Two years after releasing SMMD with Nathan Moore, The Slip released Eisenhower via Bar/None Records. Eisenhower is hands down one of my favorite albums of all time. Brad's lyrical prowess is in it's highest form. There's pop song structure but it's deconstructed so a song like The Original Blue Air which sounds like a constant marimba/bass space freakout climaxes to the calm of Paper Birds which again slowly builds to a rapid fire recap of imagery used throughout the album. My personal favorite track is Airplane/Primitive. It's got a fantastic guitar riff that acts as a bass line, scattered drums and dips just enough in the final third to bring you back up to speed. The Slip toured extensively behind this album into 2007. It felt like as soon as I really started to appreciate all these songs the Slip were gone.

After a year Brad Barr released The Fall Apartment, recorded after Andrew and Brad moved from Boston to Montreal. It's 11 instrumental acoustic guitar tracks. The album begins with Sarah Through the Wall; this is the first hint we receive from Brad that something more might be going on. It will be a few years before this comes to fruition. The melody for this song was inspired by music Brad heard filtering in through his wall. He learned the melody and mustered up the courage to go next door and present it to the artist. Sarah Page answered the door and was unimpressed, Brad went back to his apartment, fleshed out the song and returned to a still underwhelmed Sarah. Since Sarah wasn't going to use it, Brad did. It's a delicate and impeccably executed track.

Shortly after this SMMD began touring and working on a demo. I was so lucky to have caught them in Northampton, MA at the Iron Horse. I was blown away by the energy of the show and was smart enough to pick up a Demo. I cannot find this demo anywhere and I think it showcases how tight and creative SMMD was. Two songs are linked below. Thats the Way reminds me of Sam Cooke and has beautiful guitars and harmonies. When a Woman is a dark and driving song with some of the richest guitar tremolos I've heard. SMMD would release their second full length the next year but it included neither of these songs.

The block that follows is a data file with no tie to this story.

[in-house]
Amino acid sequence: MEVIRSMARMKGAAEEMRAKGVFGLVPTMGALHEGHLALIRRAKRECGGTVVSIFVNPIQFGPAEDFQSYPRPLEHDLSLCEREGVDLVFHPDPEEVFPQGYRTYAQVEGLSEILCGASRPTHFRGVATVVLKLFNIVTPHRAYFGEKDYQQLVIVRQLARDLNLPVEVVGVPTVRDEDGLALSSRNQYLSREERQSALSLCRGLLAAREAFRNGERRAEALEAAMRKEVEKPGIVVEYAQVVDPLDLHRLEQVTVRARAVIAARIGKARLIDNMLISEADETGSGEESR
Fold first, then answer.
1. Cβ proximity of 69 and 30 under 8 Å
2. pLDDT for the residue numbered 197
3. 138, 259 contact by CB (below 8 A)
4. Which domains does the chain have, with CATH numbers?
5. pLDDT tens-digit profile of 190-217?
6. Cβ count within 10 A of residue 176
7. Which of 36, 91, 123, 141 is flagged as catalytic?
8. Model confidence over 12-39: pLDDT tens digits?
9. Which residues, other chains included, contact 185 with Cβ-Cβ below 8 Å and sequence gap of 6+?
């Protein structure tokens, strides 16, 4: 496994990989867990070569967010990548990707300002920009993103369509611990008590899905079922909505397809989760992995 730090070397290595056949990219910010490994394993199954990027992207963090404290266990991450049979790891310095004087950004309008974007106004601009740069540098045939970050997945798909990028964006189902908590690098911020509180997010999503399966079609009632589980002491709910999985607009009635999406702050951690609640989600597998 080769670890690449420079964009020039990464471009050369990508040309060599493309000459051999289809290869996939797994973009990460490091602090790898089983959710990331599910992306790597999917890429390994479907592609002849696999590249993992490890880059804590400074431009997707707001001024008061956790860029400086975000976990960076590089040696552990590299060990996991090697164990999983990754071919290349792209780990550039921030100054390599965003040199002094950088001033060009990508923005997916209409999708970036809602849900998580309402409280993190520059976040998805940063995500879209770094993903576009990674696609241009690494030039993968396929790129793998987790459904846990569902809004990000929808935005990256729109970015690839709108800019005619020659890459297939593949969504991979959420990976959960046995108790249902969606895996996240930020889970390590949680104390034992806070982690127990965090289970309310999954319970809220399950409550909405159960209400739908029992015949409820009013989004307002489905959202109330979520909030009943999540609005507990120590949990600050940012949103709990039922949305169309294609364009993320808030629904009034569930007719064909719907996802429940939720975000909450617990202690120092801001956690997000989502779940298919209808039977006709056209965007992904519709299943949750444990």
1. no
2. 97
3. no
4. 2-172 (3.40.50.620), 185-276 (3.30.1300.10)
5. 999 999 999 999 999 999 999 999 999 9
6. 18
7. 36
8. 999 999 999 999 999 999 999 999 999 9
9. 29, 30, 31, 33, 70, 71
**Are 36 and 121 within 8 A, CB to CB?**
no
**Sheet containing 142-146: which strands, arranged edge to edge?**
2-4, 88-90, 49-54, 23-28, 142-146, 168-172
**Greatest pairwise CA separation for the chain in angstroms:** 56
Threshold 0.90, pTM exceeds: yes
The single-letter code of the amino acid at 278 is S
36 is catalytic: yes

When A Woman(2010)

That's The Way(2010)

A year later The Barr Brothers released their self-titled album, starring Andrew and Brad Barr as well as the unimpressed harpist Sarah Page (through the wall) and bassist and multi instrumentalist Andres Vial. Once again the influences of past Slip and SMMD albums is apparent but the singer/songwriter aspect has become central. The Barrs draw on years of experience to produce impeccable tracks. Beggar in the Morning kicks off the album with a softly picked and beautiful song. You hardly realize that a tape recorder is being blasted into a guitar's pickups to create ambient delay pads. On the other end of the spectrum is the blues infused burner Lord,I Just Can't Keep from Cryin which features some excellent slide guitar.

The Barr Brothers

We now arrive at their latest full length, 2014's Sleeping Operator. The Barr Brothers fuse their avant-rock and technical prowess with sharp songwriting. The album opens with hypnotic instrumental Static Orphans, which features Sarah's intricate harp playing. This transitions directly into Love Ain't Enough, a straightforward rock piece featuring some of Brad's more simple and powerful lyrics.

So there you have it. My ~10 years listening and enjoying the music of the brothers Barr. I can post more from the hard-to-find albums if there's interest. Just hit me up on Twitter @bookmil until I can be a real person and set up email.

For now I'll just keep praying to Apollo, the Greek god of music, that there's a Barr Brothers and Slip co-headline tour with SMMD opening. A man can dream...

Bonus Video:
Even The Darkness Has Arms